Then you did it wrong. With this formulation, the local up-vector will be as close to the desired up-vector as possible while still being perpendicular to the forwards-vector.


orly?

xa = za.crossProduct(desiredUp), xa.normalise();
ya = za.crossProduct(xa); ya.normalise();


Mind giving a bit of a better description? Math confuses me, especially when written in a really ugly font like most math sites do it.

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Original post by agi_shi

xa = za.crossProduct(desiredUp), xa.normalise();
ya = za.crossProduct(xa); ya.normalise();


You switched the operands to the cross products. Oh, and there's no real need for the last normalize.

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Original post by Sneftel
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Original post by agi_shi

xa = za.crossProduct(desiredUp), xa.normalise();
ya = za.crossProduct(xa); ya.normalise();


You switched the operands to the cross products. Oh, and there's no real need for the last normalize.


I ... switched the operands to the cross-products? As in I should use xa.crossProduct(za) instead of za.crossProduct(xa)?

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Yep, and the same with the other one. Remember that vector cross-products aren't commutative.

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Original post by Sneftel
Yep, and the same with the other one. Remember that vector cross-products aren't commutative.



xa = desiredUp.crossProduct(za), xa.normalise();
ya = xa.crossProduct(za);


Still no dice [sad]

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Not sure what you mean by that. What values are you passing in for za and desiredUp, what values are you getting out, and what do you expect to get out? In this situation, numbers are far more reliable than pictures.

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Original post by Sneftel
Not sure what you mean by that. What values are you passing in for za and desiredUp, what values are you getting out, and what do you expect to get out? In this situation, numbers are far more reliable than pictures.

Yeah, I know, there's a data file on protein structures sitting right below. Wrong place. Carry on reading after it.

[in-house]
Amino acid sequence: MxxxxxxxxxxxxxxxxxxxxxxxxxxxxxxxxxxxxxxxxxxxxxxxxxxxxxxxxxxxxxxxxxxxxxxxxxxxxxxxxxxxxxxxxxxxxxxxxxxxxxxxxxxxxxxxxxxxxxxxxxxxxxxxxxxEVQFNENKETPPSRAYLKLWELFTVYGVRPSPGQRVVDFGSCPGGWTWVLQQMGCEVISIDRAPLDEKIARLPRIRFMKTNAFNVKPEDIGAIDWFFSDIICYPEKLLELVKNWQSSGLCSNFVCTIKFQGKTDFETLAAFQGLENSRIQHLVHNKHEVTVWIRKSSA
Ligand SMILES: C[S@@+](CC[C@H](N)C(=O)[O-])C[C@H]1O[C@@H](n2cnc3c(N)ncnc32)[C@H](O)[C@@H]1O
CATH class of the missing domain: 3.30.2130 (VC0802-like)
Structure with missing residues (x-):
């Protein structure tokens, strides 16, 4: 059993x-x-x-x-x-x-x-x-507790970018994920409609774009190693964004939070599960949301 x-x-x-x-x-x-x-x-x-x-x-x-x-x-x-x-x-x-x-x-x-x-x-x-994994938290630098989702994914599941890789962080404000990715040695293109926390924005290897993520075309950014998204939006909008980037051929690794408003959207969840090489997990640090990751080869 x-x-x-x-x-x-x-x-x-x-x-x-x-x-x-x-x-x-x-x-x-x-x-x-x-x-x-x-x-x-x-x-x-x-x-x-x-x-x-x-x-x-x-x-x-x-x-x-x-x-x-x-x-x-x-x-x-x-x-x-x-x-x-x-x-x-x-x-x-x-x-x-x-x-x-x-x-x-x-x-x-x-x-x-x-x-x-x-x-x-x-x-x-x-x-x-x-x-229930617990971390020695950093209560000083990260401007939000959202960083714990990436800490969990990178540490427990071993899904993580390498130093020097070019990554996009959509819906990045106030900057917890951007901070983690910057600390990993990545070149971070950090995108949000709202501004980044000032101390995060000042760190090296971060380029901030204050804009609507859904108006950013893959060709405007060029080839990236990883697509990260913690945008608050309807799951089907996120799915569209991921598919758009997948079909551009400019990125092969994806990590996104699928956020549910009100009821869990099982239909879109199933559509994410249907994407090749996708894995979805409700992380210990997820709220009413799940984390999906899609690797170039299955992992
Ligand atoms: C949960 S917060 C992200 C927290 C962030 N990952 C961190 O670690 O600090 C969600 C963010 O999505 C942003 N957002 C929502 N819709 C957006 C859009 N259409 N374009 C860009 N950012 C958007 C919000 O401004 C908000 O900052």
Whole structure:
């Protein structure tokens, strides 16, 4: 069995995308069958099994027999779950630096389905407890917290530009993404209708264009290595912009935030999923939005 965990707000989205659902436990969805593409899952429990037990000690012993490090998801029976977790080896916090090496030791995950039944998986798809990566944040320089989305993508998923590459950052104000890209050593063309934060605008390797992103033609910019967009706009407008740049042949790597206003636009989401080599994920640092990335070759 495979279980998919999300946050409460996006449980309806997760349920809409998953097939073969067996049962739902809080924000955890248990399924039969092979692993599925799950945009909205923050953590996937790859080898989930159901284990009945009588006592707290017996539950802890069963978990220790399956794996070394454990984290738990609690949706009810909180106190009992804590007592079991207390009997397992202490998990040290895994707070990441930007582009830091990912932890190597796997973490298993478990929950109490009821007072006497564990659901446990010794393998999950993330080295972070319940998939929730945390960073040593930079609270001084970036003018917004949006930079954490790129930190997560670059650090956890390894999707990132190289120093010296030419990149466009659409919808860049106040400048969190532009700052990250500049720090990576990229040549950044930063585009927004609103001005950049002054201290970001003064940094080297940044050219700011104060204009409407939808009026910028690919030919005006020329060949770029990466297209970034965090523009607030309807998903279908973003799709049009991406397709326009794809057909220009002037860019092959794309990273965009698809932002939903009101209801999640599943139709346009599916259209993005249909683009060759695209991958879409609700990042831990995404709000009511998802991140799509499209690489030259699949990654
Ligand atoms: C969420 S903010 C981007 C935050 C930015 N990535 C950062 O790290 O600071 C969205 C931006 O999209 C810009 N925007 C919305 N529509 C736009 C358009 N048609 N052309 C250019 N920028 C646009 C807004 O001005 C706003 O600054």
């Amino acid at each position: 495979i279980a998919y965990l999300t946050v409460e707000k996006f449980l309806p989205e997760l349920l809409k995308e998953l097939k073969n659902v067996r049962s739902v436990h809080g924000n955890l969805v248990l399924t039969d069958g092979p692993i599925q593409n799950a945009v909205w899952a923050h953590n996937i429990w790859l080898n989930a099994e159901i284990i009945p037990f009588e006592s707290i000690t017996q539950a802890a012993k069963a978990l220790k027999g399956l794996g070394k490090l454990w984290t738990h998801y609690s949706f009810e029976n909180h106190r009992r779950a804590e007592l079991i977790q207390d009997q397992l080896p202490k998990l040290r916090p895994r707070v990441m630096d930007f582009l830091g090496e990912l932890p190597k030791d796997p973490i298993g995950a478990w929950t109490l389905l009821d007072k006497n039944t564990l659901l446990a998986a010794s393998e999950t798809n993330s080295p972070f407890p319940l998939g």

Hm. Actually, I seem to be getting zero vectors for the x and y axises. For z I've tried [0, -1, 0], [0, 1, 0], to demonstrate the problem most clearly.

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There are only two ways the math works out. You either need to do:

right = desiredUp x forward
up = forward x right

or

right = forward x desiredUp
up = right x forward

Note how the forward vectors never "line up" in a column. And if you're getting zero vectors for strange reasons, you should definitely check to make sure the cross product is correct in the first place :)

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Original post by agi_shi
For z I've tried [0, -1, 0], [0, 1, 0], to demonstrate the problem most clearly.

If your up-vector and your forward-vector are collinear, then the problem is underconstrained (has an infinite number of solutions).

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Original post by agi_shi
For z I've tried [0, -1, 0], [0, 1, 0], to demonstrate the problem most clearly.

If your up-vector and your forward-vector are collinear, then the problem is underconstrained (has an infinite number of solutions).


Yeah, I sort of realized that... so how do I fix it?

@ Zipster: Thanks, I get it now :D

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Yeah, I sort of realized that... so how do I fix it?

You'd hardcode an alternate desiredUp (or two), if you actually expected the situation to ever arise. Of course, in the vast majority of cases this won't be necessary.

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Original post by agi_shi
Yeah, I sort of realized that... so how do I fix it?

You'd hardcode an alternate desiredUp (or two), if you actually expected the situation to ever arise. Of course, in the vast majority of cases this won't be necessary.


Ah, I see... I hard-coded the forward vector as the "alternate" desired up vector, and it works wonders!

I would like to really thank you two! [smile]